Introduction on Compulsory Education

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  • Created on: 24-10-12 12:39
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Introduction on compulsory education:
To create a more skilled workforce- Britain had been `the workshop of the world'
but other countries were catching up. Many employers believed that, in order to
remain competitive, the new industrial society required a numerate, literate
workforce able to cope with the complexities of modern industrial production.
To improve the effectiveness of our armies- the high casualties of the Crimean War
(1854-6) were seen as partly due to inexperience and poor tactics. Better-trained,
fitter soldiers might have been given Britain a better showing.
To re-socialize the feckless (aimless or wasteful) poor- many Victorians felt that the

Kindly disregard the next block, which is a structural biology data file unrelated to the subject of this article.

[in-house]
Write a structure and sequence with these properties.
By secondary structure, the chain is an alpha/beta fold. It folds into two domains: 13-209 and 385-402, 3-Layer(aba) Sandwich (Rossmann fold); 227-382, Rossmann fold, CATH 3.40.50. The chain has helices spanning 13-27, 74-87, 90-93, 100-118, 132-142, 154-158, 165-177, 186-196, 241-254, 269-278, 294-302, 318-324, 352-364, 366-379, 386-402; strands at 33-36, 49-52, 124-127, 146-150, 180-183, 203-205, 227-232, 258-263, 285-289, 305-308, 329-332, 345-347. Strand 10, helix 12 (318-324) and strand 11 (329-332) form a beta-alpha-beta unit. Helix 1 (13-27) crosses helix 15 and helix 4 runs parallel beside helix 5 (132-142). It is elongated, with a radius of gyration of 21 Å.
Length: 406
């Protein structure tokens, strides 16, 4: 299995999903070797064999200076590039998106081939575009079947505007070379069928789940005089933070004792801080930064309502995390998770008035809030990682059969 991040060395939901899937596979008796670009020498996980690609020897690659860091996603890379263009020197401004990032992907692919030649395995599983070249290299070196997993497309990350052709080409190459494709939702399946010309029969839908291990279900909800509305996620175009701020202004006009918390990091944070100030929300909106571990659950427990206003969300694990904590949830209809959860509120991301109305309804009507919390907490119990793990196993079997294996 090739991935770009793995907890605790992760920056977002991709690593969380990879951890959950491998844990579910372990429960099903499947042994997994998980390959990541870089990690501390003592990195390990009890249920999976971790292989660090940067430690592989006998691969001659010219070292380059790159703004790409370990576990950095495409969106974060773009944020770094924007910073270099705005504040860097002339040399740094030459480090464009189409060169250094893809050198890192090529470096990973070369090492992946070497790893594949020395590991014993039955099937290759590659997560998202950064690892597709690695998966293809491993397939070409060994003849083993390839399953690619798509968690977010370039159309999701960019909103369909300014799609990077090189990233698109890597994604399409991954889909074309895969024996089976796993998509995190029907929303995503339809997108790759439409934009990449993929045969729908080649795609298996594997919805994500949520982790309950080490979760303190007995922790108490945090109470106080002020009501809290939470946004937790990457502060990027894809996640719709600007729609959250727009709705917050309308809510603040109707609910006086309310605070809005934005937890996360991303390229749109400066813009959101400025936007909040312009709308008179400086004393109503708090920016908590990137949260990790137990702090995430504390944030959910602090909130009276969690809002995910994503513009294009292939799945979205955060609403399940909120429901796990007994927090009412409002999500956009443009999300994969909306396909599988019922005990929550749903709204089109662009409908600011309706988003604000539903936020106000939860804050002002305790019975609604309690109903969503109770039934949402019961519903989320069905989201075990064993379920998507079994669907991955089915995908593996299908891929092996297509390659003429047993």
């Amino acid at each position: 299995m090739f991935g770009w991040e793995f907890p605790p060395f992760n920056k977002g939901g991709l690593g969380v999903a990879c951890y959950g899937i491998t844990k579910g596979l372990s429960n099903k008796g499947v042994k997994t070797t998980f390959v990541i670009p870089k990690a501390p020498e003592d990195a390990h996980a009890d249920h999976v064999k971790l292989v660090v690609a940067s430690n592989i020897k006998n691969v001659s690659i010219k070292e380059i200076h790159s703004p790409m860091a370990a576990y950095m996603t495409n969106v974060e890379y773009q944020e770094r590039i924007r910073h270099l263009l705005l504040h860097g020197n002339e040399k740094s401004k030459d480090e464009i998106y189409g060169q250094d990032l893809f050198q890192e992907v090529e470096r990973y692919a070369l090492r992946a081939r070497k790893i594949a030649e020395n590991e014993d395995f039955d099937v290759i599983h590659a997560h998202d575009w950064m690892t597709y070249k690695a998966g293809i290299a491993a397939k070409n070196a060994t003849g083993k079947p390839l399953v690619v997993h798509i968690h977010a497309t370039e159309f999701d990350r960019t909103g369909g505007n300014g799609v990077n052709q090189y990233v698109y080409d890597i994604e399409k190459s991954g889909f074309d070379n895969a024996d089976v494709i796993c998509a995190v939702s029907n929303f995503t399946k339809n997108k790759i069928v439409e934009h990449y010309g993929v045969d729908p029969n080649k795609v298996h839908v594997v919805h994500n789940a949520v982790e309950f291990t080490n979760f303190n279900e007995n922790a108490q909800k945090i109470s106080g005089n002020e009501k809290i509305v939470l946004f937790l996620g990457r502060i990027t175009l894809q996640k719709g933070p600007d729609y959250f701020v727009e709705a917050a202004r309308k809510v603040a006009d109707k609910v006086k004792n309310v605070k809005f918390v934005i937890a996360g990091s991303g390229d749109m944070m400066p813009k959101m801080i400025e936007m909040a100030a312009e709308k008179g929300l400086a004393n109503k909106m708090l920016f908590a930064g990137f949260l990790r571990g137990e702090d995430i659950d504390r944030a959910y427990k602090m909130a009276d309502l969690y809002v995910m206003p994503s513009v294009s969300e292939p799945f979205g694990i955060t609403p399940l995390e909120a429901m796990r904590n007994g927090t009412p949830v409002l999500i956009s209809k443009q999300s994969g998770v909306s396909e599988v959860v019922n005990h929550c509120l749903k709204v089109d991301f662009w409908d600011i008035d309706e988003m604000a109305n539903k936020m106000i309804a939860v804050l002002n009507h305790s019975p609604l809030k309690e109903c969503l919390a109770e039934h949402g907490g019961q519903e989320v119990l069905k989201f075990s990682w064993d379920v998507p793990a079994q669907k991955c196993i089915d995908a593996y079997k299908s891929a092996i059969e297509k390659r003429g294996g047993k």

working classes were poor through their own fault- spending unwisely, drinking too
much and living immorally. They needed to be taught to lead a more responsible and
respectable life.
To reduce the level of street crime- many felt that compulsory schooling would get
young pickpockets `off the streets', thus reducing the high levels of petty theft.
To ward off the threat of revolution- the upper classes feared the `tide of socialism'
what was `sweeping' through Europe. Free education, on the one hand, could make
the ruling classes appear generous, while on the other, giving them ideological
control over the masses. The working class would learn to respect authority, follow
instructions and conform to rules.
To provide a `human right'- many liberal thinkers felt that education could improve
the life experience of all citizens, including the working class.

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